The amount of nitrate in vegetables varies from state to state. Celery grown in New York State has fewer nitrates than celery from Los Angeles. Thunderstorms influence nitrate concentration. Lightning changes the nitrogen in the air into nitrous acid. Rain carries that into the soil, bacteria in the soil convert it to nitrate, and plants use it to make protein.
Bacteria in the mouth help convert nitrate into NO. People who use mouthwash twice a day have less bacteria in their mouths, thus less NO (and often higher blood pressure).
As we age, our ability to generate nitric oxide declines. By age 40, we make 50 percent less NO than we did when we were 20, and far less then when we are 70. This decline is associated with blood vessel changes that lead to cardiovascular disease, mental decline and even erectile dysfunction.
NO improves blood glucose uptake. Therefore, people with diabetes (as well as all of us) will benefit from a nitrate-rich diet, so eat your veggies!
The wave of the future is genetic testing for personalized nutrition guidance. Your genetic make-up (as identified by collecting DNA from saliva or a cheek swab) can give a snapshot of how you could eat for optimal health. The test generates a personal profile regarding susceptibility to disease. For example, some people can eat eggs yet have low cholesterol; others need to avoid eggs to prevent high cholesterol. One size does not fill all when it comes to dietary recommendations.
We currently know that some people have a genetic variation that makes them more susceptible to heart disease if they drink more than four cups of coffee a day. We also know 50 percent of us are "slow caffeine metabolizers" who have trouble sleeping if we consume caffeine in the afternoon. Genetic variation can also determine who should limit salt intake to reduce risk for high blood pressure, and who has undiagnosed celiac disease.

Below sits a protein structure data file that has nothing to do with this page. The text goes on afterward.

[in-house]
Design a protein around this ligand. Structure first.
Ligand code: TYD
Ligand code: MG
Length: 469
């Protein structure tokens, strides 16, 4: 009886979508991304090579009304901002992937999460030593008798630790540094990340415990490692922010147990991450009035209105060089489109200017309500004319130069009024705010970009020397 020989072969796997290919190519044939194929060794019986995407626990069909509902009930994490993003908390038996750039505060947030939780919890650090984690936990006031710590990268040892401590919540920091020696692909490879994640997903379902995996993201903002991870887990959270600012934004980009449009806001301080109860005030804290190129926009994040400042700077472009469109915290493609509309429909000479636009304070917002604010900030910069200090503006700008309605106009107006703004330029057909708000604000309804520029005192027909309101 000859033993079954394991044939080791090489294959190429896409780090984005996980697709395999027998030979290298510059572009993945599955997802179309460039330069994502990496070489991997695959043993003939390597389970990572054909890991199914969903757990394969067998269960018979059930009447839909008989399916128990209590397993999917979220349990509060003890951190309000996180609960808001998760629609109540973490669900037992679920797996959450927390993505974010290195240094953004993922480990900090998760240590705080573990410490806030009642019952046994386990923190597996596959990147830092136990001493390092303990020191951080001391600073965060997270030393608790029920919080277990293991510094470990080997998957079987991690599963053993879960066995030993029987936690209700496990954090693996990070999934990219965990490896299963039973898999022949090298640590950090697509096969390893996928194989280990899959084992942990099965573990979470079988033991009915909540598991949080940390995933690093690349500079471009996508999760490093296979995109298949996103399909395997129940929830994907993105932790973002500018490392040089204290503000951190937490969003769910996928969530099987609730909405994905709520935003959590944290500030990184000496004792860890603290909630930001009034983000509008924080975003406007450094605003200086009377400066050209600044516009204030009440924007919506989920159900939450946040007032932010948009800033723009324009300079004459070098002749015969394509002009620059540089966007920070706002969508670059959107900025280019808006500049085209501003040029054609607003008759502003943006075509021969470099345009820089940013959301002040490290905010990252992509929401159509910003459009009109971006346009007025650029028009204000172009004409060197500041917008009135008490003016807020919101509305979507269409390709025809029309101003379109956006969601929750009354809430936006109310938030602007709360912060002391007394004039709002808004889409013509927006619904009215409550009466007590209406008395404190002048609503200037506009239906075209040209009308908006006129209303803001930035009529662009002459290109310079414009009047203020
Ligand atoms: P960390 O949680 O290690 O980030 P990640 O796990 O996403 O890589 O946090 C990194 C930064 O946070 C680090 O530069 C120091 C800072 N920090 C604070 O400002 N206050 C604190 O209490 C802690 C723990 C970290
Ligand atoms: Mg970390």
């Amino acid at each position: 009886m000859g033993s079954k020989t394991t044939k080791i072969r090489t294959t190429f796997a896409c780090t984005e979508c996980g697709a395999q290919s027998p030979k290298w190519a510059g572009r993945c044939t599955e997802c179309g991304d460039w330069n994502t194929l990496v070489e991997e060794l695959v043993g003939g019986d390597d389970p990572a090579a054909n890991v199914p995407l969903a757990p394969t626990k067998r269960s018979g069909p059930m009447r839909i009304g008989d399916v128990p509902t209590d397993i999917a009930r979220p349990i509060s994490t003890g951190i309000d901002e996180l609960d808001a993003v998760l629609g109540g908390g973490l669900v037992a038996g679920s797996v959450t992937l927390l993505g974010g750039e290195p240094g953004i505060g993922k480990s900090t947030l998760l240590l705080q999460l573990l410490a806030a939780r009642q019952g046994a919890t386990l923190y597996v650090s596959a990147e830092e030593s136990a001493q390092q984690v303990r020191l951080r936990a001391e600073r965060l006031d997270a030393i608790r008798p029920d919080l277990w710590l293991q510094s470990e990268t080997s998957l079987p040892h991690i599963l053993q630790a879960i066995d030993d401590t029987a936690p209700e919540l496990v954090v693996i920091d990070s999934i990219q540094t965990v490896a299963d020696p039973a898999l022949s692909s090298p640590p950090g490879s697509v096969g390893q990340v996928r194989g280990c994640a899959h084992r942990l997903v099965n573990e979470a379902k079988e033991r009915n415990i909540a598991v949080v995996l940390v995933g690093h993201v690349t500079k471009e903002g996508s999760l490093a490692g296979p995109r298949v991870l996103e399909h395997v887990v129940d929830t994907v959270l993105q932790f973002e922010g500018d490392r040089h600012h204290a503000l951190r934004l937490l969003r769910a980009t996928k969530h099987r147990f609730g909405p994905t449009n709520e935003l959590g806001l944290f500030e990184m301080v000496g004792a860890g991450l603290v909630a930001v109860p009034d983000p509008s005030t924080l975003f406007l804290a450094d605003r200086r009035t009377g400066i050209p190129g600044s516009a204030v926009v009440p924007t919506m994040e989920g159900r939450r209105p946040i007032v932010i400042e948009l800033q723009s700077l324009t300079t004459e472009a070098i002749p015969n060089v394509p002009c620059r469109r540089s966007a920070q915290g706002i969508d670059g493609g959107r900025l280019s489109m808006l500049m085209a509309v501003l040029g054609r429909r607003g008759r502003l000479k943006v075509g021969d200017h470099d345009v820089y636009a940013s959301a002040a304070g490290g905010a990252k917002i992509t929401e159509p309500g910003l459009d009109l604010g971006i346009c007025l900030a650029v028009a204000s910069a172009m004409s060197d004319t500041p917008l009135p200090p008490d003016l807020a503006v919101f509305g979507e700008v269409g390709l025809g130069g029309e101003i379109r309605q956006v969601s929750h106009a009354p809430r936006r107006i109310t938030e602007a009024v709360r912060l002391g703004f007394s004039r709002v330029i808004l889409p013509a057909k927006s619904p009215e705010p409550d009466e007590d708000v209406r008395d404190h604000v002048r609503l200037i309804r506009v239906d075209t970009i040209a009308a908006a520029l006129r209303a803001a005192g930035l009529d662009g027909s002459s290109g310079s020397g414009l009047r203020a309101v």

Should you jump on the bandwagon and spend $400 or more to get your genetic profile? The 2013 Academy of Nutrition and Dietetics Position Stand on Nutritional Genomics states:
"The practical application of nutritional genomics for complex chronic disease is an emerging science and the use of nutrigenetic testing to provide dietary advice is not ready for routine dietetics practice."
Yet, many people are curious and have found the information to be helpful. It motivates them to change their eating habits and take nutrition guidance seriously. Figure out if you want to wait for more robust data to be collected and for health professionals to be better trained in interpreting the data.
Ditch the Diet
Despite popular belief, you should not assess your health based solely on your weight—and certainly not on your Body Mass Index (BMI), which is based on body mass. Many very lean and muscular athletes have a high BMI, and they perform well, despite their higher weight.
Health At Every Size (HAES) is a national non-diet movement that encourages people to think twice before going on a reducing diet because we know that diets don't work in the long run. In fact, diets may inadvertently promote weight swings, disordered eating and body hatred.
The non-diet approach encourages you to accept and respect the fact that humans come in diverse body shapes and sizes. No one idealized shape is best—not even for athletes. Perhaps you can let your body be "good enough"?
HAES encourages everyone to fuel for well being and choose meals based on hunger, satiety, nutritional needs and pleasure. Eat mindfully and intuitively, and stay attuned to the portion your body actually requires (often more than offered by a Lean Cuisine). Intuitive eating is the opposite of eating according to how much popular diet apps say to eat.
While exercise is an important part of a weight-management program, HAES encourages health-enhancing movement that is enjoyable and suits your interests. Maybe you'd really prefer more yoga and less running? Make sure the "E" in your exercise and eating programs stands for "enjoyment."
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